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Gearing Up for the Perfect Run

Before you head out for a run, be sure you’ve got the right gear. We’ve made a list of things you’ll need for a safe and healthy run.

Running Gear, race prep 

Whether you’re new to running, or a seasoned marathoner, your running gear is an important part of your success. You don’t need to spend a lot of money, but you should find the gear that works best for your type of run and the environment.


Make sure that your clothing is made of wicking material and that it fits your body. Clothing that is too loose or too tight can create chaffing. Dress appropriately for heat and cold and consider the weather and conditions in your area.

There are several products on the market that create a barrier between clothing and your skin to prevent blisters and chafing. These are perfect to apply on thighs, armpits, the back of your knees, your stomach, or anywhere that may be irritated by clothing. Women should wear a good sports bra that fits well, wicks sweat, and provides ventilation.

Related: 7 Reasons to Run for Fun


Look for a brand with a blend of polyester, nylon, spandex, or wool. Running in all-cotton socks can create friction and result in blisters. It may sound obvious, but keep your socks clean! There are 250,000 sweat glands in your feet—that’s a lot of sweat.

Hydration and fuel

If you’re running more than 30 minutes, you should bring along hydration. If you’re planning to exceed an hour of running time, you should add a carbohydrate drink to your mix.

Everyone’s energy needs are different, but if you’re running longer than an hour, you will need to refuel. Choose from gel, chewables, or a sports drink to keep you going.

Heart rate monitor

Measuring your heart rate helps you know how hard you’re working and if you’re overtraining. There are several options for monitors, including watches, headphones, and even smart clothing. Understanding your target heart rate may improve your running and help you reach your goals. Visit the American Heart Association for more information on target heart rates.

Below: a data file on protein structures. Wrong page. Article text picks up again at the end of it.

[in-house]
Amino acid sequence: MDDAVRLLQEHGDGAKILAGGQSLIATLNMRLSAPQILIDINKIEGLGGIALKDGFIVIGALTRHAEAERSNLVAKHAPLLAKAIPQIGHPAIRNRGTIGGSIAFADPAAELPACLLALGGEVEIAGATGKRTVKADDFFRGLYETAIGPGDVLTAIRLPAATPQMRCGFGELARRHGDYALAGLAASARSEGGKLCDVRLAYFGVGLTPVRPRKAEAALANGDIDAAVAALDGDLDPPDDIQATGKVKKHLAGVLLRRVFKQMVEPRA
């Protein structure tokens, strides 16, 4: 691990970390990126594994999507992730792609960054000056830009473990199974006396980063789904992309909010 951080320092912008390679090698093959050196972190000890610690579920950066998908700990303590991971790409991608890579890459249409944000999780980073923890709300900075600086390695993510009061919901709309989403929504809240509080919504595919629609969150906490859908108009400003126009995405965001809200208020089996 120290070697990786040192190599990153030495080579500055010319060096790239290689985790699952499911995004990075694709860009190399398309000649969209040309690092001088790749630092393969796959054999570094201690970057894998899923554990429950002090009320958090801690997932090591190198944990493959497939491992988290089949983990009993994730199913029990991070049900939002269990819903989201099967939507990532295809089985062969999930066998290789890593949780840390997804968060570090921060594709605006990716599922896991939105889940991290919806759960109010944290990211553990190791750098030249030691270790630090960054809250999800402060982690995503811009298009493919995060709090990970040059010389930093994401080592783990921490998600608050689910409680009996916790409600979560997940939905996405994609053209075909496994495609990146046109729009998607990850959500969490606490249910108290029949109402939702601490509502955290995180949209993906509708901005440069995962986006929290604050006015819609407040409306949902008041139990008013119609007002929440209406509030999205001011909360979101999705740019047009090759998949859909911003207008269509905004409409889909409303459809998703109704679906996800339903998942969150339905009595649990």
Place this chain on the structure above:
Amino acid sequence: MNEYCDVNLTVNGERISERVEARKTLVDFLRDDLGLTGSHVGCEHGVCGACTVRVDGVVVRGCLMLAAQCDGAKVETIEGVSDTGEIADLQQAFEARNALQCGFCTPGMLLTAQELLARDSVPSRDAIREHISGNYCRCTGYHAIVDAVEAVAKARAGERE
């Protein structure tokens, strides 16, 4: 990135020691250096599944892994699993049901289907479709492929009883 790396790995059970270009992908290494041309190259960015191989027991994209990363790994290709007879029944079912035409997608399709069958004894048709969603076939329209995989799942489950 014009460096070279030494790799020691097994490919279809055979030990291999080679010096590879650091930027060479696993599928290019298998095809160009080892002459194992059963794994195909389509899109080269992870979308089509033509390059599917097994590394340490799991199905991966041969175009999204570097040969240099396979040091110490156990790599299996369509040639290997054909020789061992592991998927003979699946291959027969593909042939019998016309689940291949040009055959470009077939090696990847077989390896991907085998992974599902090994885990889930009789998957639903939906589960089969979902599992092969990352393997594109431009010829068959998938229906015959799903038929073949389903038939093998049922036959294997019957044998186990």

Related: 6 Steps to Race Prep

Properly fitting shoes

This may well be one of the most important and yet most intimidating parts of running. The running shoe market is brimming with options—you need to pick a shoe that considers all of these factors: heel, instep, length, width, flex, and feel. Don’t buy your shoes for looks or because they are the cheapest option in the store. Be professionally fit at a running store and shop when you have some time to commit to making the right decision.

It's best to shop for shoes in the afternoon, so you can accommodate for swelling that typically occurs during the day. Walk around the store in the shoes to make sure they’re comfortable. And once you’ve run in a pair of shoes for 300 miles, it’s important to replace them (or if you’re noticing an onset of pain when running). A new pair of shoes is less expensive than a visit to a doctor or therapist.

Hat or sunglasses

Don’t forget to protect your eyes and face from the sun. Hats also keep sweat off your face.

Eric Passey, a physical therapist for Intermountain Alta View Hospital, says, “Running is a popular sport that burns calories and relieves stress. With a small investment in the right type of gear, you will be prepared to run anytime you’re ready for a workout. “    


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The content presented here is for your information only. It is not a substitute for professional medical advice, and it should not be used to diagnose or treat a health problem or disease. Please consult your healthcare provider if you have any questions or concerns.

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